One Fine Day: A Journey Through English Time (hardback)


A time-travelling, genealogical adventure, bringing pre-industrial, rural, eighteenth-century England vividly to life on the page.

‘Elegiac, consistently funny, deeply moving.’

Richard Beard
SKU: 9781912836994 Categories: , ,

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One day Ian Marchant, acclaimed author of books on music, railways and pubs, decided, as all men of a certain age must, to have a dig around his family history. Surprisingly quickly, a web search informed him that his seven-times-great great-grandfather, Thomas Marchant had left a detailed diary from 1714 to 1728, and that a collection of dedicated local historians had transcribed it a few decades before. So far, so jolly …

Life-loving diarist Thom – who liked a drink and a game of cards – feels recognisably Marchant to Ian. With fascinating, immersive detail we learn about Thom’s family farm and fishponds; about dung, horses and mud, about beer, the wife’s nights out, his own job troubles and their shared worries for their children. But as Ian digs deeper beyond the Sussex diary’s bucolic portrait he discovers a subtext – a family descended from immigrants, with anti-establishment politics, who are struggling with illness, political instability and cash crises – just as their country does three centuries on.

‘When I was reflecting late one January evening on the differences between Thom and me, I realised the unbridgeable thing that comes between us is industrialisation. He lived right at its beginning, while I am living somewhere towards its end. Old Thom Marchant was one of the last people before industrialisation to understand how his world worked – and how to be largely self-sufficient in it. He knew where his food came from, his fuel, his water, his clothes. He knew how the welfare system worked, and was part of its administration; he knew who looked after the roads, too. He collected taxes. He was not separate from the system, but part of it.’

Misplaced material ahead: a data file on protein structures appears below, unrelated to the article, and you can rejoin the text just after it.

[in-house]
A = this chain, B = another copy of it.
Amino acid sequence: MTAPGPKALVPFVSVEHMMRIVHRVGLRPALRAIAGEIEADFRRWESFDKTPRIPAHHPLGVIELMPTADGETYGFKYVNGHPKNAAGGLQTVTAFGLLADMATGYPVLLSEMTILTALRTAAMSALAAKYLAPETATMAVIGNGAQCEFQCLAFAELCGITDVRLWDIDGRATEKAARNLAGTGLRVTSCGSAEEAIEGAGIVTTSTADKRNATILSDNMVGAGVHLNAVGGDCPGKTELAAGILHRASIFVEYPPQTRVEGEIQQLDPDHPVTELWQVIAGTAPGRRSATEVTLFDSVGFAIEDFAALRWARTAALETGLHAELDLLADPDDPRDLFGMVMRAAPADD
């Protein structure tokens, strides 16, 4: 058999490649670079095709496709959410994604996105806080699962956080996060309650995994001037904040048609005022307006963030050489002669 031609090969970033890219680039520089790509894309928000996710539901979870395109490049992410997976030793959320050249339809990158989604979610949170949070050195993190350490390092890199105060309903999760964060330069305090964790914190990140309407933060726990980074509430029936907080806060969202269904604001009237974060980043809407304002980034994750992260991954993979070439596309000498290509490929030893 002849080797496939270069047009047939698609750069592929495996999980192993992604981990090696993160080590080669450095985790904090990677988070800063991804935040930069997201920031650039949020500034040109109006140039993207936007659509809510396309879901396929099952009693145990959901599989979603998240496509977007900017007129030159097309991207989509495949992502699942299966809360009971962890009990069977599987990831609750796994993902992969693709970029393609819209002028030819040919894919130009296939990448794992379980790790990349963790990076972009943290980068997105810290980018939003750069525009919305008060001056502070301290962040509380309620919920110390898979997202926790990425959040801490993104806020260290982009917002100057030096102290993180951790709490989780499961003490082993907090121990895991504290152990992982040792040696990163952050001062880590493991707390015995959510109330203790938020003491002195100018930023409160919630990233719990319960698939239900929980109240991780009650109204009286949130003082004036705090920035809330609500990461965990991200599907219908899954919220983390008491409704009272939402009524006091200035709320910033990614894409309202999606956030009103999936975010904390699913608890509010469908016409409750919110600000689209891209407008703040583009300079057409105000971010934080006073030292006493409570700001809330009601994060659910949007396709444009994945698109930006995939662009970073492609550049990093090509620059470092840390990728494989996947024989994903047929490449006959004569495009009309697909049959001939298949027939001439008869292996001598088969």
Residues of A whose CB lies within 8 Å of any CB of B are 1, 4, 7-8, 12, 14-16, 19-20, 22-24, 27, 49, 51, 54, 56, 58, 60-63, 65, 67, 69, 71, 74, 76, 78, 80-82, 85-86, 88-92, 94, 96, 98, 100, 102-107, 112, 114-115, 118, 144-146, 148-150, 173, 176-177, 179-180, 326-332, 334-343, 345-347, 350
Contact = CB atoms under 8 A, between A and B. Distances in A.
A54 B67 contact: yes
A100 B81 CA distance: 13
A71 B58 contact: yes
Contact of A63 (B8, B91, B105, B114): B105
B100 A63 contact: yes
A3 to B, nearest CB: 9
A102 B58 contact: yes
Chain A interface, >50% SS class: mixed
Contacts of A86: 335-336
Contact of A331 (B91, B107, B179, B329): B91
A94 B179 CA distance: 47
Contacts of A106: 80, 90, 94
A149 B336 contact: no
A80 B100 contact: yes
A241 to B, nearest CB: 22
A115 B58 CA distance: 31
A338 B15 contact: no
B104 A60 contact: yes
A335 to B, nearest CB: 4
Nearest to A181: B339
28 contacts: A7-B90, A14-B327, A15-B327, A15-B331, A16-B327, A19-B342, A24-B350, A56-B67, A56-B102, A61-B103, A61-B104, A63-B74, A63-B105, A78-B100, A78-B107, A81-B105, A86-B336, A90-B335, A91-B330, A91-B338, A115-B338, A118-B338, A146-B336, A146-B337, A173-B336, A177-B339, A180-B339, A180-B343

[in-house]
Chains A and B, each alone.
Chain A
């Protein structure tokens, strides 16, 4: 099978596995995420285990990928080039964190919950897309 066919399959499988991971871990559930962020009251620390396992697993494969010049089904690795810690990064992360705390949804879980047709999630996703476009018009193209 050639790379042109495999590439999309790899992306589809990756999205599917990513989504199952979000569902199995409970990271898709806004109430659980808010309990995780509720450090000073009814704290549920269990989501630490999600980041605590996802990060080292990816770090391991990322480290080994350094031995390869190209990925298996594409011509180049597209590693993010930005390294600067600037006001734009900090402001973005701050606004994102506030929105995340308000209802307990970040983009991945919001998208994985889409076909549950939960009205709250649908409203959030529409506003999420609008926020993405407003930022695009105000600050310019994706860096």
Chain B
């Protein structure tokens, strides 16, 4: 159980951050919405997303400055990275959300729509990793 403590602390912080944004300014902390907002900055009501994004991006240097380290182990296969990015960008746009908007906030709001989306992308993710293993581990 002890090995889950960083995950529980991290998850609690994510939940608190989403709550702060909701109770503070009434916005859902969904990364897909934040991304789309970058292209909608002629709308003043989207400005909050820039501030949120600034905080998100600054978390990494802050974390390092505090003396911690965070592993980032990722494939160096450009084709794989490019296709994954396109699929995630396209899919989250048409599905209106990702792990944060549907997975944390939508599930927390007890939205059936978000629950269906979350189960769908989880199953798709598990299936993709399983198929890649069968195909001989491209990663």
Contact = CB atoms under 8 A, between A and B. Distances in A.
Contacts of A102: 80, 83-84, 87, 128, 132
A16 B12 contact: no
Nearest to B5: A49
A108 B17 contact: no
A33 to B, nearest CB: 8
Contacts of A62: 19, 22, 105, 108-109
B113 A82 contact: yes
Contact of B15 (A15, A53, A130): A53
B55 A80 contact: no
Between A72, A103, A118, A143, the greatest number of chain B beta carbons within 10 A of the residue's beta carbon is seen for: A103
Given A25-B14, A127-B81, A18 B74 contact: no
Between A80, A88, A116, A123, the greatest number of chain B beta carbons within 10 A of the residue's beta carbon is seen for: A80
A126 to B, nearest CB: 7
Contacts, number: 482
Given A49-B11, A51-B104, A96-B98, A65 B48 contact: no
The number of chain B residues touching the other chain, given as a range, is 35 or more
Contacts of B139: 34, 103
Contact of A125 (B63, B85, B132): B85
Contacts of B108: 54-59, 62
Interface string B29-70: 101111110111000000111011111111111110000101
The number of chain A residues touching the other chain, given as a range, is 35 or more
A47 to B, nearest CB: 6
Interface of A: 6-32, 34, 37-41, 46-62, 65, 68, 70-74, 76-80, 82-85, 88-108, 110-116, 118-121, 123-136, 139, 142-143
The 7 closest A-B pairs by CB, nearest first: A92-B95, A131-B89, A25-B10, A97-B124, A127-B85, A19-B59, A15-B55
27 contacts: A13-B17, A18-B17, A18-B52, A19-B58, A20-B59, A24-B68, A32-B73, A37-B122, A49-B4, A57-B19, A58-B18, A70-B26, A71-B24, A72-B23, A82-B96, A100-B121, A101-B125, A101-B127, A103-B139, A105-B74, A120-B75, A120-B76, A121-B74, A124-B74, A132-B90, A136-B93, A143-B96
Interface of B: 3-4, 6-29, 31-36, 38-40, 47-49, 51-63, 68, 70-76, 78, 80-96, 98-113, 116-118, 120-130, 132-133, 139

Rich with immersive detail, One Fine Day draws a living portrait of Marchant family life in the 1720s and how their England (rainy, muddy, politically turbulent, illness-ridden) became the England of the 2020s.

‘Bloody marvellous.’

Nicholas Lezard, New Statesman


‘Ian Marchant is one of England’s most original writers.One Fine Day is a masterwork, a rich plum pudding of a story which enfolds the ingredients of a personal quest, the story of a hybrid family identity, of our industrial history and our current political mess. Marchant is frequently very funny and also deadly serious … weaving together a forgotten past with not just his own life, but that of a nation. Not often do writers get to pull off such a masterly leap from the specific to the universal. Marchant has written a book everyone should read, a complex, joyful, polyglot of a book for our troubled times.’

Monique Roffey, author of The Mermaid of Black Conch


‘A unique and exhilarating exploration of time and love; Ian Marchant conspires with his diarist ancestor to bring to life the eccentricities and the importance of the early eighteenth century.’

Richard Beard, author of Sad Little Men and The Day That Went Missing


‘I enjoyed it hugely, and was strangely moved. By bringing his long-ago ancestors to life, Ian Marchant has done a rather miraculous thing – we feel his family stretching out their hand from the depths of the past, and drawing us in. It’s wide-ranging, informative and often very funny.’

Deborah Moggach, author of The Black Dress


‘Original and entertaining.’

Daily Mail


‘Extraordinary … A highly entertaining and often deeply sensitive account of a man and his ancestor, thought-provoking and often moving.’

Who Do You Think You Are? magazine


‘Deeply enchanting and fully fanged … Marchant’s book made me laugh out loud in many places. He also moved me to tears … He is humane, invigorating company, and a joy to read.’

Church Times


‘One very fine book.’



‘Marchant is infectiously curious and impetuous … a delightful thing.’

The Financial Times


‘This book is too engaging, in both senses of the world, to be anything but loved. … [Marchant] throws a rope to the past and lets it each us things we would do well to remember. Neighbourliness; civic virtue; decency in the form of honesty. This book is wonderful.’

The Oldie

Read an extract.

Also available in ebook.